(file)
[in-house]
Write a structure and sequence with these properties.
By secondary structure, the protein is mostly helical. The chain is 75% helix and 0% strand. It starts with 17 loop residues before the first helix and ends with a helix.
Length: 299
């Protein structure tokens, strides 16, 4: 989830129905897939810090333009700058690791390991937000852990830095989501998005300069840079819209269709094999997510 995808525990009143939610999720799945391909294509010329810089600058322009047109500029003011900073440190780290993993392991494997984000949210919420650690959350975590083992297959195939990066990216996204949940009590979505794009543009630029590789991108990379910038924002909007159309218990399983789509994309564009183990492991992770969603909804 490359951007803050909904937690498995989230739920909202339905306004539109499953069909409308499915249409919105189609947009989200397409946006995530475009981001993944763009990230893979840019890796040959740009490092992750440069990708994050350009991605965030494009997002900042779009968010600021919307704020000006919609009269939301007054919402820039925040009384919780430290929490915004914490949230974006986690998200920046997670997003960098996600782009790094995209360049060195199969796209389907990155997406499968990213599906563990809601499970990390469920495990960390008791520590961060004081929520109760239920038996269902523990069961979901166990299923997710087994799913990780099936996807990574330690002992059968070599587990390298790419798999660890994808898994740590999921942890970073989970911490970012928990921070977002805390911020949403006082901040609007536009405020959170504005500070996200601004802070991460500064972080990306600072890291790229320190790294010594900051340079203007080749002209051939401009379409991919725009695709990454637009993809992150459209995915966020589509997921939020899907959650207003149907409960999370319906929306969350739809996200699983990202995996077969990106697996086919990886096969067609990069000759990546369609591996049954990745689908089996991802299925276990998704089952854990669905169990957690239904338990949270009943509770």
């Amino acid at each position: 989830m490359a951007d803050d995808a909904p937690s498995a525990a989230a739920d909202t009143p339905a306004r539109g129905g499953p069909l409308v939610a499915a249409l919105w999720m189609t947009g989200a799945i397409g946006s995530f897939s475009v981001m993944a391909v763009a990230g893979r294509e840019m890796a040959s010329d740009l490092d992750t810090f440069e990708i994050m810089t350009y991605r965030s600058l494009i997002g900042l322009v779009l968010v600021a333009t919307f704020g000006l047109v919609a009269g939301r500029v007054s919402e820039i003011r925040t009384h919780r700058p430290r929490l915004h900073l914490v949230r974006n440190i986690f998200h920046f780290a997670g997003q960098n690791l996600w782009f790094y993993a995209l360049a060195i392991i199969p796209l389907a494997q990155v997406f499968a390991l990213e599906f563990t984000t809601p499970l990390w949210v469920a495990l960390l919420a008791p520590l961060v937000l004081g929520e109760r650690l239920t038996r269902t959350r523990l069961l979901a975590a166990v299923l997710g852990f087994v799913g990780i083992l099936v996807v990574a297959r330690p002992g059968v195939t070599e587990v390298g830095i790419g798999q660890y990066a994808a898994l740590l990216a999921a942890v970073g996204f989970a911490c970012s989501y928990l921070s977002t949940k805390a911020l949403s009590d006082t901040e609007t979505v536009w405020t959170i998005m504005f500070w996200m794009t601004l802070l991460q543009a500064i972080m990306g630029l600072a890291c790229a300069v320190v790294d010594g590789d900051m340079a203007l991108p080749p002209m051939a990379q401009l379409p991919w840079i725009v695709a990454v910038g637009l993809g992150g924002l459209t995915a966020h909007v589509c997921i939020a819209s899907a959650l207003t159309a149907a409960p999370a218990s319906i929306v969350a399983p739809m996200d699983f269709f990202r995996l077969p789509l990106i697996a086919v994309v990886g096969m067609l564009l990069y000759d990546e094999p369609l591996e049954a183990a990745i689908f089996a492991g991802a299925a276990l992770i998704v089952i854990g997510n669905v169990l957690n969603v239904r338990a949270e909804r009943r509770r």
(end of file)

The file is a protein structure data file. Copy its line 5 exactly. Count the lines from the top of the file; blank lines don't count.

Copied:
């Protein structure tokens, strides 16, 4: 989830129905897939810090333009700058690791390991937000852990830095989501998005300069840079819209269709094999997510 995808525990009143939610999720799945391909294509010329810089600058322009047109500029003011900073440190780290993993392991494997984000949210919420650690959350975590083992297959195939990066990216996204949940009590979505794009543009630029590789991108990379910038924002909007159309218990399983789509994309564009183990492991992770969603909804 490359951007803050909904937690498995989230739920909202339905306004539109499953069909409308499915249409919105189609947009989200397409946006995530475009981001993944763009990230893979840019890796040959740009490092992750440069990708994050350009991605965030494009997002900042779009968010600021919307704020000006919609009269939301007054919402820039925040009384919780430290929490915004914490949230974006986690998200920046997670997003960098996600782009790094995209360049060195199969796209389907990155997406499968990213599906563990809601499970990390469920495990960390008791520590961060004081929520109760239920038996269902523990069961979901166990299923997710087994799913990780099936996807990574330690002992059968070599587990390298790419798999660890994808898994740590999921942890970073989970911490970012928990921070977002805390911020949403006082901040609007536009405020959170504005500070996200601004802070991460500064972080990306600072890291790229320190790294010594900051340079203007080749002209051939401009379409991919725009695709990454637009993809992150459209995915966020589509997921939020899907959650207003149907409960999370319906929306969350739809996200699983990202995996077969990106697996086919990886096969067609990069000759990546369609591996049954990745689908089996991802299925276990998704089952854990669905169990957690239904338990949270009943509770």